LH: ‘The challenge is not to look sweaty and muddy or dusty when that is exactly what you are. Strong colours and clean lines look good on TV. For about 10 years I’ve had the same three pairs of Jigsaw dark blue stretch almost jeans/ almost chinos which are perfect but they’re pretty much worn out now and I can’t find a replacement. Then I have shirts in bright colours, two of each: turquoise, lime green, dark green, pink, purple. I try to take two sets of shirts in colours that will work with the same scarves (turquoise/green or pink/purple). And a dark blue jacket in case I get an interview with someone important and need to look a bit smarter. The scarves soften the look and make it less uniform. They’re useful to have on hand in case you have to cover your head when in a mosque or meeting a sheikh. Also, a scarf solves a multitude of problems when you’re somewhere hot and sweaty and get all crumpled (it can also double up as a sling or a bandage, if needed). And they channel my inner hippie.’

TNMA: How many scarves do you own? Are there any particular brands that you prefer? And have you ever used one as a sling?

LH: ‘Oh God, I don’t know. 200? 250? None are designer or brand name. Most I buy on the road and cost £10 or less. My current favourite is a dark red square with a print of bright flowers, and a small, beaded fringe. I bought it for about £2 in a market in Qamishli in north-east Syria. It’s the kind Kurdish fighters wear – male and female. I’ve not yet used a scarf as a sling but I’ve certainly mopped brows – mine and others.’

TNMA: What is life like working in a war zone? Unpredictable, I imagine…is it possible to have a routine?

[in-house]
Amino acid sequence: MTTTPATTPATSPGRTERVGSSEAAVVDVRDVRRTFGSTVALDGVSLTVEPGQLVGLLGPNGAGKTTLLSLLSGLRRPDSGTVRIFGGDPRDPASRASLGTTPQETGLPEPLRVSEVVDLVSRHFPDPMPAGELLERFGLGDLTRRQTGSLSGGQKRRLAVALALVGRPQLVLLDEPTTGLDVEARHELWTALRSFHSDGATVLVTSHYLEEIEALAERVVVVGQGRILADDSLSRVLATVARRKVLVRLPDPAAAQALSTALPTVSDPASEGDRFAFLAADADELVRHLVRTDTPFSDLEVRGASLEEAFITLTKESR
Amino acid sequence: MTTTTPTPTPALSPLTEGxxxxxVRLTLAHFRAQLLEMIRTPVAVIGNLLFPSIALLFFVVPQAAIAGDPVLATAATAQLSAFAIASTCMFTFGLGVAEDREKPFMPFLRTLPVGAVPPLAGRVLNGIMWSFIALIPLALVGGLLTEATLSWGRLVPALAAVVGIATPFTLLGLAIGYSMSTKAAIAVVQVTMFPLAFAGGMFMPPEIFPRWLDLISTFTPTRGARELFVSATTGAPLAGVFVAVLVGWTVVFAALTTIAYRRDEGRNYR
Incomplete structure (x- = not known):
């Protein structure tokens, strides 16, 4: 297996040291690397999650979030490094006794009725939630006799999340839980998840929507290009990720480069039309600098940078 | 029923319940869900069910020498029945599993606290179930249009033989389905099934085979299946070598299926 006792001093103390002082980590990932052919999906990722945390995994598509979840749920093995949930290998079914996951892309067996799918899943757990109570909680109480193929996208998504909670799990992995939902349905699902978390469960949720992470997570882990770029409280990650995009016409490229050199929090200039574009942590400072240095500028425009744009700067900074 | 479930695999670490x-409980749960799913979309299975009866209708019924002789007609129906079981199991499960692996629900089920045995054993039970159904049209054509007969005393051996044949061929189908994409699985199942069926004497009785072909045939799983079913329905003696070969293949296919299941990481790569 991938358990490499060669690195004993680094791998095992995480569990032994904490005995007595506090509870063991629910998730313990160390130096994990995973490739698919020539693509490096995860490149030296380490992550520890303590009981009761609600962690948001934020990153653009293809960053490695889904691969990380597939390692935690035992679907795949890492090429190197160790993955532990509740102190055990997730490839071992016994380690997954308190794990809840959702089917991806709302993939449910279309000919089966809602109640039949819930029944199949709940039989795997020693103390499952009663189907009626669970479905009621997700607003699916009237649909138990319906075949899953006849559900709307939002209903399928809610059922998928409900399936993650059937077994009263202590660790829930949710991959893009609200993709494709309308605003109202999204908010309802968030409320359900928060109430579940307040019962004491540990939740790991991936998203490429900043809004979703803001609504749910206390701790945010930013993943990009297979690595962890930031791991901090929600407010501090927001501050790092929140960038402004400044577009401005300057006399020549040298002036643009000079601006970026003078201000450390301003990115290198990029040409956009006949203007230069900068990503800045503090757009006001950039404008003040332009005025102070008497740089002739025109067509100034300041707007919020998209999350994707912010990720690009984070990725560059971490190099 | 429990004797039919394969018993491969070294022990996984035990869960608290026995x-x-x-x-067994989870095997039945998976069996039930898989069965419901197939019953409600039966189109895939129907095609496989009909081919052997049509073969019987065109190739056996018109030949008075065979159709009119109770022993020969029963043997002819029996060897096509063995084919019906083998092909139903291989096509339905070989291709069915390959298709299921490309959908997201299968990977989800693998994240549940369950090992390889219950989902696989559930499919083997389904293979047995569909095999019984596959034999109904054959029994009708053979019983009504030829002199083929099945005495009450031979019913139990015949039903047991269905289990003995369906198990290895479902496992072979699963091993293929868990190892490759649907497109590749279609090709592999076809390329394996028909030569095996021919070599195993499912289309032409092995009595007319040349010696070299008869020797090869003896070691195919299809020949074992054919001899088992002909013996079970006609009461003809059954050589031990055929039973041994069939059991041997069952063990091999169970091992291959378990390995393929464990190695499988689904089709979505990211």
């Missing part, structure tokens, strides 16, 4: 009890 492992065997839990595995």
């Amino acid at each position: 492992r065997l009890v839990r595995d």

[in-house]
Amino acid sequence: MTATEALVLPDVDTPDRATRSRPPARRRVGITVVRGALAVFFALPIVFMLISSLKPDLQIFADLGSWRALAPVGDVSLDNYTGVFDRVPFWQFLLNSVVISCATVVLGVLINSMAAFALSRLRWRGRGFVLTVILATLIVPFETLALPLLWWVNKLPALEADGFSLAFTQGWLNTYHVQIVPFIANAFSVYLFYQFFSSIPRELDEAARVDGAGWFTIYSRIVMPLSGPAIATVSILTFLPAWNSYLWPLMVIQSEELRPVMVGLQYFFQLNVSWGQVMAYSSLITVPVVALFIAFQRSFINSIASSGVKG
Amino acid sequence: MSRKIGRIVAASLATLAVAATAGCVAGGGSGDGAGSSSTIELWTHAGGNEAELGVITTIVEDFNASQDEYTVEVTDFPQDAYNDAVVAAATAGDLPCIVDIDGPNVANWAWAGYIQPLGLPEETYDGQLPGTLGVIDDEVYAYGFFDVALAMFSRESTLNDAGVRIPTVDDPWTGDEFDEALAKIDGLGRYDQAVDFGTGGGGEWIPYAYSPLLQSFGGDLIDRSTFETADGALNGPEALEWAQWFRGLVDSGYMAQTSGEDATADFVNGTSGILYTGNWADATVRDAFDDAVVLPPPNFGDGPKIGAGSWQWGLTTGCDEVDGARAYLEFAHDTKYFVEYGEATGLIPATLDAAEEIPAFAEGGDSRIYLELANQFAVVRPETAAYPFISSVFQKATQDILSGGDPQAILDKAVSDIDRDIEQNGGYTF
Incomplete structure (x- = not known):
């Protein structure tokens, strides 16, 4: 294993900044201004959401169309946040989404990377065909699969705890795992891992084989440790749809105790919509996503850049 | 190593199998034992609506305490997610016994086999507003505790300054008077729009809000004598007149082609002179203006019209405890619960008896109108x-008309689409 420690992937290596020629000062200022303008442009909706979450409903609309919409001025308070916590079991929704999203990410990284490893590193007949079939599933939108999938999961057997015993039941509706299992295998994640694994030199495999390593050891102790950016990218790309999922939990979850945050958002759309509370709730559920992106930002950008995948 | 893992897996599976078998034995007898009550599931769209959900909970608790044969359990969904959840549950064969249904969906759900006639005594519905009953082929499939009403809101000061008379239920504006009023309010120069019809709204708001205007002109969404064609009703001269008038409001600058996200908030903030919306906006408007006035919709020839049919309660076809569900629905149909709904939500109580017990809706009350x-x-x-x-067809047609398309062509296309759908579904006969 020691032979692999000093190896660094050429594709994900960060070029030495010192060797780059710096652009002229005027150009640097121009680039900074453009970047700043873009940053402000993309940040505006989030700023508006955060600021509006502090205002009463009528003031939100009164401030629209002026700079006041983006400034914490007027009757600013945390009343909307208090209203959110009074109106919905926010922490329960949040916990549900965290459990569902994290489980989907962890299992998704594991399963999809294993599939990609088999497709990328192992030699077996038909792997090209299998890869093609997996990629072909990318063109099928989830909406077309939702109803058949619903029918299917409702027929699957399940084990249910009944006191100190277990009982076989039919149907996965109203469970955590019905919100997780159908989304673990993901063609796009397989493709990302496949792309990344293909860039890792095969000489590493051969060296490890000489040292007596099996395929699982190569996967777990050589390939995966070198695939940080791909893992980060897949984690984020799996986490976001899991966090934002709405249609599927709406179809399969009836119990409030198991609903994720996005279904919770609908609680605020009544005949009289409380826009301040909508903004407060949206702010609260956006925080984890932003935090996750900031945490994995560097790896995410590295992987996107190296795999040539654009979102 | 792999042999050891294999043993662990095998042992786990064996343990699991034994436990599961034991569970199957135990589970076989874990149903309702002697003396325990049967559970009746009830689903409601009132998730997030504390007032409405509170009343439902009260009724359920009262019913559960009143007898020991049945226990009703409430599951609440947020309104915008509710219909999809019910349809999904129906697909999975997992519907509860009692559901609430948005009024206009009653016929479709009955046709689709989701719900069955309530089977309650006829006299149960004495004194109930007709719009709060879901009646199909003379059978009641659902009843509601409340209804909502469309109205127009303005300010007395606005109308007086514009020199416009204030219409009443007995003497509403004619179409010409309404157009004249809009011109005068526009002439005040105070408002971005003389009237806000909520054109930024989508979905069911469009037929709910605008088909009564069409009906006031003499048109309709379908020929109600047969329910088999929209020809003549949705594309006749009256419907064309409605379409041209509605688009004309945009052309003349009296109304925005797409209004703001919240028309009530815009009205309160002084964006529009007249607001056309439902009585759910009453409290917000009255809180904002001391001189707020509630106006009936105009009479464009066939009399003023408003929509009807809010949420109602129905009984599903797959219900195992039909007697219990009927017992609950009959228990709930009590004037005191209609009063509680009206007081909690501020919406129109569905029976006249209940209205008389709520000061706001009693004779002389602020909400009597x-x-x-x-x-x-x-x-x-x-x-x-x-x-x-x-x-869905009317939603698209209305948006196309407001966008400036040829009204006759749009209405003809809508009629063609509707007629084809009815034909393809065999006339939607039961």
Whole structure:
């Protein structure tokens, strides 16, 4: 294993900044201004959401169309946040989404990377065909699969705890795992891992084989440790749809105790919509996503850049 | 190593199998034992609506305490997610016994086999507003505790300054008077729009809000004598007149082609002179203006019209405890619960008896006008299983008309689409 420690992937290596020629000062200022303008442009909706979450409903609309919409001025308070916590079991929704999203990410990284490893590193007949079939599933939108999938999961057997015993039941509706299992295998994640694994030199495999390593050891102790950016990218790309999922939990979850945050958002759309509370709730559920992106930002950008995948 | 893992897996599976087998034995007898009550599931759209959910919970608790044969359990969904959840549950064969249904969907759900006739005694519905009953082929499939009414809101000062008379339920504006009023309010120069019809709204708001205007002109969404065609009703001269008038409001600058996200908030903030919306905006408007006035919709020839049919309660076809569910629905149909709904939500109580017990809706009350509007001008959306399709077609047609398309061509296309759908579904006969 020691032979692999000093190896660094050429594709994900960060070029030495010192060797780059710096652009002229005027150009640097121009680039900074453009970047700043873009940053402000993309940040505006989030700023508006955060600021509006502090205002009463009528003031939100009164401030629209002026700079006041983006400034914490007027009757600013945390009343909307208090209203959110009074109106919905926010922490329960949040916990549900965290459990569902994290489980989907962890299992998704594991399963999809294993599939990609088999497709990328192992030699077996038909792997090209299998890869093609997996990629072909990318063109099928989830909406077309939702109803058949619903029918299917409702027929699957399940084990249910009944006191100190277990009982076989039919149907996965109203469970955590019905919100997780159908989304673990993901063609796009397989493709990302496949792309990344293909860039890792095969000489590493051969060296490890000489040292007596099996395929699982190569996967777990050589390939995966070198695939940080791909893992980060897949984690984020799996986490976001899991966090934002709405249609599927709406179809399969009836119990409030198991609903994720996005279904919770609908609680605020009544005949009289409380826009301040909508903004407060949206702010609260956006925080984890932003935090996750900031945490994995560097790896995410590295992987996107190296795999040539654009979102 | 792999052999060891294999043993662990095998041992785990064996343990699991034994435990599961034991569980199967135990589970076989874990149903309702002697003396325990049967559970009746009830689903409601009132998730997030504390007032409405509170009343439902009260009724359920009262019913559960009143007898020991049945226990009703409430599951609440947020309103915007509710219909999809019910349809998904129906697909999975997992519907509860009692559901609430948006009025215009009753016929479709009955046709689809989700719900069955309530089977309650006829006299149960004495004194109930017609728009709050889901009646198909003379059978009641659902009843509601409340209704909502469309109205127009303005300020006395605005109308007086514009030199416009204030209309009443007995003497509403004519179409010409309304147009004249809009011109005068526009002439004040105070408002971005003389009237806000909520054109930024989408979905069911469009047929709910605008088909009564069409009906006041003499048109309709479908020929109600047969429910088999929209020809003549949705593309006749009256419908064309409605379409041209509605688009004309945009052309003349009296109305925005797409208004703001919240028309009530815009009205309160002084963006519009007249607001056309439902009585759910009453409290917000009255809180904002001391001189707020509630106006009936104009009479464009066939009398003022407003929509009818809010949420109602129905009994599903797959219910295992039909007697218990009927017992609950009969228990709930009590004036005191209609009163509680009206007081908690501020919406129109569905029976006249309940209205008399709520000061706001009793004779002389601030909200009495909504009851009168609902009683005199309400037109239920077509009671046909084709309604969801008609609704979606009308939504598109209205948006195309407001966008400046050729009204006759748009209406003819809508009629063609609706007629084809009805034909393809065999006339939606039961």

LH: ‘Some things are routine – the tube to Heathrow, the plane, the determination to get the story. There’s a lot of waiting about, and a lot of driving, often to the wrong place because it’s not clear where the right place is. The bit where bullets fly is a very small part of it. For me, the most stressful thing is sending our story because you never know when the technology is going to let you down. I think my “uniform” is one way I have of trying to impose order on chaos and reduce the unpredictability of it all.’

TNMA: How did you find writing In Extremis? Was it difficult writing about a friend?

LH: ‘It’s strange to get to know your friend better in death than in life, but I really enjoyed the process. Marie Colvin kept amazing diaries from when she was a teenager right through to when she was killed in Syria in 2012. She was a great reporter. She was always very into clothes, by the way. One entry when she was 13 reads: “To church. Wore mini. The mother and the father no like.” One of my favourite bits of the book is her thoughts after she was shot in Sri Lanka and lost the sight in her left eye. “As I tried on the lacy-edged cardigans, the flimsy silk Tracy Boyd sundress, the clothes of other summers, I realised that nothing in my wardrobe worked,” she wrote. “The black eye-patch somehow unbalanced and dominated everything. I looked like I was in someone else’s clothes.” I thought it was fascinatingly female that she tried to manage her trauma through buying new clothes, working from the outside in. (It didn’t work – she suffered from PTSD nonetheless.) She was also a very acute observer of Colonel Gadaffi’s wacky outfits.’

TNMA: Given what’s been said recently about political journalism in the UK, what advice would you give to reporters?

LH: ‘Not sure my advice is much use to anyone! Just try to tell the truth. That’s about it really.’

TNMA: What’s it like coming home? And how do you unwind? 

LH: ‘I love coming home. The sofa in my kitchen is my favourite place in the world. Colour is a hugely important thing for me – in October when I got back from northeast Syria, which was a very difficult trip, I found myself in the garden centre buying tulip bulbs in very exotic colour combinations. Gardening is great because it’s physical and the rewards come slowly, so it centres you. My north London garden is tiny but I am immensely proud of it!’